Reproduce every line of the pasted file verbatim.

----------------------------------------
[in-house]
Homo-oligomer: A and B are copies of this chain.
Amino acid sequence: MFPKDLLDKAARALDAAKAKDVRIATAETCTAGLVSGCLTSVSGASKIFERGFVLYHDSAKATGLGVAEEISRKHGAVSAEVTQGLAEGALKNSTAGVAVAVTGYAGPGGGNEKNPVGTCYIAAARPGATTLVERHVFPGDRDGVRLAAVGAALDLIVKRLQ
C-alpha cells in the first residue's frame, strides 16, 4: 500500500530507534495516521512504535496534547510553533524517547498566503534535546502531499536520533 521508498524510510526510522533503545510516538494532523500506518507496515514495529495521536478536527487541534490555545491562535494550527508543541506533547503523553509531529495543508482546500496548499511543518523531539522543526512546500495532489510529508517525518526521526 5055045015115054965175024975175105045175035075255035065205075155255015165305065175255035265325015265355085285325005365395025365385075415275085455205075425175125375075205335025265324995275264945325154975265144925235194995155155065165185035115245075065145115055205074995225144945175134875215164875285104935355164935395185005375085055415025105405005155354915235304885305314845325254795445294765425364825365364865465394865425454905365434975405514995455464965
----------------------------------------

[in-house]
Homo-oligomer: A and B are copies of this chain.
Amino acid sequence: MFPKDLLDKAARALDAAKAKDVRIATAETCTAGLVSGCLTSVSGASKIFERGFVLYHDSAKATGLGVAEEISRKHGAVSAEVTQGLAEGALKNSTAGVAVAVTGYAGPGGGNEKNPVGTCYIAAARPGATTLVERHVFPGDRDGVRLAAVGAALDLIVKRLQ
C-alpha cells in the first residue's frame, strides 16, 4: 500500500530507534495516521512504535496534547510553533524517547498566503534535546502531499536520533 521508498524510510526510522533503545510516538494532523500506518507496515514495529495521536478536527487541534490555545491562535494550527508543541506533547503523553509531529495543508482546500496548499511543518523531539522543526512546500495532489510529508517525518526521526 5055045015115054965175024975175105045175035075255035065205075155255015165305065175255035265325015265355085285325005365395025365385075415275085455205075425175125375075205335025265324995275264945325154975265144925235194995155155065165185035115245075065145115055205074995225144945175134875215164875285104935355164935395185005375085055415025105405005155354915235304885305314845325254795445294765425364825365364865465394865425454905365434975405514995455464965